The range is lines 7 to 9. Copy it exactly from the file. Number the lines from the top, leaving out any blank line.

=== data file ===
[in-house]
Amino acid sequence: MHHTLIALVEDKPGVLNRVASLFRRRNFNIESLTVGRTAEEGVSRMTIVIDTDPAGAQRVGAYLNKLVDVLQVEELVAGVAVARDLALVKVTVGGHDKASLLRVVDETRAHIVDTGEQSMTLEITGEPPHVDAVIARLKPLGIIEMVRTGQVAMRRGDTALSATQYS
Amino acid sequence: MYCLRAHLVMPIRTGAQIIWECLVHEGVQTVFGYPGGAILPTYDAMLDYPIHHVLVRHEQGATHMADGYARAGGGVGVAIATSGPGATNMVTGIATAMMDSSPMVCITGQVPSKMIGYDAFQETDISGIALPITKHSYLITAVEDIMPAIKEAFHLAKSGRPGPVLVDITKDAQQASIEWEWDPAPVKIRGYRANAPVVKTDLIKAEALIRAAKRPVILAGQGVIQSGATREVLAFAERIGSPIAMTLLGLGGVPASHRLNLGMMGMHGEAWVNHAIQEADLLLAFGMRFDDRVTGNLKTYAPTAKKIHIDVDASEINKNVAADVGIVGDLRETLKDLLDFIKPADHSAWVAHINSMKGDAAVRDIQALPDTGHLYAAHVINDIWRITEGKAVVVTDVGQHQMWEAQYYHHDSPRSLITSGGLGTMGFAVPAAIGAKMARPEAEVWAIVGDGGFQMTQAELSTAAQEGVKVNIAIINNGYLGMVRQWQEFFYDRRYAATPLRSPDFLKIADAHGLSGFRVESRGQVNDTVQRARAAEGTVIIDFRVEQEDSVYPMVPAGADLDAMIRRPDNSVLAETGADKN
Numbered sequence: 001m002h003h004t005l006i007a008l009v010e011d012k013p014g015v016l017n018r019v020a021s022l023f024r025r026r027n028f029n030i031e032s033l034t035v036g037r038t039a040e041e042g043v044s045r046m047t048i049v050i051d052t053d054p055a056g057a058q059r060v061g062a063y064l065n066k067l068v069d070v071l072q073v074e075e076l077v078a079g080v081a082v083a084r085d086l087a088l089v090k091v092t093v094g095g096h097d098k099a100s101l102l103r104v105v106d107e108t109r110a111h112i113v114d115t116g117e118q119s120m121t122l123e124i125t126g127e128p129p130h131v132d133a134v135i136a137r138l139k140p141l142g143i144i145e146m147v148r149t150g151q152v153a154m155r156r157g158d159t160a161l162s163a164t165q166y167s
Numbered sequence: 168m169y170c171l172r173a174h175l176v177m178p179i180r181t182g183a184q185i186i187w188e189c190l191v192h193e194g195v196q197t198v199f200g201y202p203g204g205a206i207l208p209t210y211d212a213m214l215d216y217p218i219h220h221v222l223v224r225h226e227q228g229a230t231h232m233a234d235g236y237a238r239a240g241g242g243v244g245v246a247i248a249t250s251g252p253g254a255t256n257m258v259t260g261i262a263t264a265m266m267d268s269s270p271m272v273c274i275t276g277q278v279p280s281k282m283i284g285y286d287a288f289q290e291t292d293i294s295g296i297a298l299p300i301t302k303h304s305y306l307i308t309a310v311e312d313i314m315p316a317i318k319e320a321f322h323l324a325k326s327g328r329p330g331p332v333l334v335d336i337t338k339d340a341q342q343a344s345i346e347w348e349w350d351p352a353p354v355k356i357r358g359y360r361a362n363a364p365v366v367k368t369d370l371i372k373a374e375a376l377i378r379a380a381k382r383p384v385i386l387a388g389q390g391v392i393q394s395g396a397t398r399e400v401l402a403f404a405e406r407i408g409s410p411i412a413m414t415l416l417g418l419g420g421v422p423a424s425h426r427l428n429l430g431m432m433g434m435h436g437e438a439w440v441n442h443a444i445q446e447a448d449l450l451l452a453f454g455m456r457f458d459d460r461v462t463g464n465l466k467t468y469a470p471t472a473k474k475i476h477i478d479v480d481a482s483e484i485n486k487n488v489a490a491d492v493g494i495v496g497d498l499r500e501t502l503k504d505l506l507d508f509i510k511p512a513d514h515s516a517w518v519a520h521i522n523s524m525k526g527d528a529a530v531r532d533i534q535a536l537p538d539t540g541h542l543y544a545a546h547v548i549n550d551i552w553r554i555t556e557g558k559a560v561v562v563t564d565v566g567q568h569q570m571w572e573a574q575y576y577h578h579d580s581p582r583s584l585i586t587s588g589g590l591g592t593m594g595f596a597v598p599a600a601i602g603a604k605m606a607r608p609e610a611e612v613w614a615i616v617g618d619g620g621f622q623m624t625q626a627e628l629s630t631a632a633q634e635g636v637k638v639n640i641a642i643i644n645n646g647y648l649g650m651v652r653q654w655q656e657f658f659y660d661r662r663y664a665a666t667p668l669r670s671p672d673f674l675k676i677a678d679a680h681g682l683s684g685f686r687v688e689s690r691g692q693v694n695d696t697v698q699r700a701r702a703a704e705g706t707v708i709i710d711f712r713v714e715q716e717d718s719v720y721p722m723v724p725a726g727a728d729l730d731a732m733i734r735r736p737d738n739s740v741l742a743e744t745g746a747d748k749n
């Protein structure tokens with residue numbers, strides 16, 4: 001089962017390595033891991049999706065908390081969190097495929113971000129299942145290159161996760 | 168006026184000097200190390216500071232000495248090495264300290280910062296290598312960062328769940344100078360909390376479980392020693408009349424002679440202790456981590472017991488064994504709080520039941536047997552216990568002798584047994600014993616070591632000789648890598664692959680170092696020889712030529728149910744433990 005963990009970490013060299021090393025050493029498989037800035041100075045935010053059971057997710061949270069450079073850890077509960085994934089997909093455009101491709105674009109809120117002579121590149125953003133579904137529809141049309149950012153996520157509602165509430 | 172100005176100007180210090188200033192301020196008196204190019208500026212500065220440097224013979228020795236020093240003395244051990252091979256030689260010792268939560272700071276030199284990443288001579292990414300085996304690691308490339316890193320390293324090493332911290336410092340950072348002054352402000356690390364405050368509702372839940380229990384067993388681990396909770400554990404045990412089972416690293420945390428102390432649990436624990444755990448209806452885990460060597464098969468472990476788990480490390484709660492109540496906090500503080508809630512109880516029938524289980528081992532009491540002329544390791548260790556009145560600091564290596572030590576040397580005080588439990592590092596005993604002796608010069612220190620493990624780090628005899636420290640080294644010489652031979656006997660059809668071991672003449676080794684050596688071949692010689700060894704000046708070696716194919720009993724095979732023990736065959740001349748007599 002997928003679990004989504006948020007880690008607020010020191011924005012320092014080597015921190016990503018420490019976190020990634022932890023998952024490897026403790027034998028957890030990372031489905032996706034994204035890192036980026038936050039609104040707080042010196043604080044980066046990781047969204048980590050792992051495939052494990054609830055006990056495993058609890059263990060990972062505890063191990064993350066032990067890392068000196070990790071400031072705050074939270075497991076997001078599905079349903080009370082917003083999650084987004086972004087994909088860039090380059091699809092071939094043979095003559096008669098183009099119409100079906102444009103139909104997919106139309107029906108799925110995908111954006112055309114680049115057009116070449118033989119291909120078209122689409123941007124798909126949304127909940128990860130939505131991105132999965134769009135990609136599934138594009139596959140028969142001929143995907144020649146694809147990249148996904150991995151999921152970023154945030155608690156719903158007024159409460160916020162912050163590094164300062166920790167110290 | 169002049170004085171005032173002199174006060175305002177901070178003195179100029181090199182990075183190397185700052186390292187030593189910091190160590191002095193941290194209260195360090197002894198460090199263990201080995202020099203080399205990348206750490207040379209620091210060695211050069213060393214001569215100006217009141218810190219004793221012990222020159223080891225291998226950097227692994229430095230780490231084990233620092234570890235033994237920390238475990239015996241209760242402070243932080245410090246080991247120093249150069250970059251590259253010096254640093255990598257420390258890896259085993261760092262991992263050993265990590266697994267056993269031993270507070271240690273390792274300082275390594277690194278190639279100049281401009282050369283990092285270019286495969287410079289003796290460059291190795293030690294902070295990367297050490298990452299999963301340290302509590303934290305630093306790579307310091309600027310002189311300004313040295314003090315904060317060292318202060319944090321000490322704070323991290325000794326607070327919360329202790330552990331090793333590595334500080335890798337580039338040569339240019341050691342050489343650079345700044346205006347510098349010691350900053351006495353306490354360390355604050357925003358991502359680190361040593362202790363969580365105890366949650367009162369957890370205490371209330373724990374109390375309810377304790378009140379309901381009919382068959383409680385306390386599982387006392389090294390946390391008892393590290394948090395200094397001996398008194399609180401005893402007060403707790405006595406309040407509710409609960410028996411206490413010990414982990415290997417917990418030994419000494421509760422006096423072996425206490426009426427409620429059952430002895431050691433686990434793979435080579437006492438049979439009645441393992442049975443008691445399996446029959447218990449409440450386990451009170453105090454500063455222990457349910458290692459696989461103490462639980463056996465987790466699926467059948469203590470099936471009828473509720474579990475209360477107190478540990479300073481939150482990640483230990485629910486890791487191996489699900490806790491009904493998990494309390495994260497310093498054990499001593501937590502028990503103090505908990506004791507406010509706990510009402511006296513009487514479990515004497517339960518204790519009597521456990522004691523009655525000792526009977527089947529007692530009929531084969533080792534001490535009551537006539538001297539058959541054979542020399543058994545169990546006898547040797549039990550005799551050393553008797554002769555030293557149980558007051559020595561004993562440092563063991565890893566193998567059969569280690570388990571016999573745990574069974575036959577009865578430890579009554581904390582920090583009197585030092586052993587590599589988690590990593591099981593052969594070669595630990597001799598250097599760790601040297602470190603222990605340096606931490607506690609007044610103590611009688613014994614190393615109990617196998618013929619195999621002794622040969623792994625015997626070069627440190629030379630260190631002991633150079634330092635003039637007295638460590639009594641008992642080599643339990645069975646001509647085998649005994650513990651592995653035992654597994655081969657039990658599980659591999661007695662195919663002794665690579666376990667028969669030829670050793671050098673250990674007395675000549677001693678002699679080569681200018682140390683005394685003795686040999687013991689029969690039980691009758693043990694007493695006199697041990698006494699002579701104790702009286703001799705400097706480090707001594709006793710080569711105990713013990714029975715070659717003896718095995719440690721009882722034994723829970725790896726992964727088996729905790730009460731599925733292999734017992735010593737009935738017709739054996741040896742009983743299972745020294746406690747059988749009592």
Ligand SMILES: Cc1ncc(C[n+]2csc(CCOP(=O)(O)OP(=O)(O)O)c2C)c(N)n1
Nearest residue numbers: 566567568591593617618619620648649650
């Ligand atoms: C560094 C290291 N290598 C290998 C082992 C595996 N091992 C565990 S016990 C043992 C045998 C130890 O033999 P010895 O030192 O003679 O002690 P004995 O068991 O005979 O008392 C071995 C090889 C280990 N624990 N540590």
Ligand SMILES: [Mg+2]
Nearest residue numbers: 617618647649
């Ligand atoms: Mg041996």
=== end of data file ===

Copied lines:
Ligand SMILES: Cc1ncc(C[n+]2csc(CCOP(=O)(O)OP(=O)(O)O)c2C)c(N)n1
Nearest residue numbers: 566567568591593617618619620648649650
């Ligand atoms: C560094 C290291 N290598 C290998 C082992 C595996 N091992 C565990 S016990 C043992 C045998 C130890 O033999 P010895 O030192 O003679 O002690 P004995 O068991 O005979 O008392 C071995 C090889 C280990 N624990 N540590």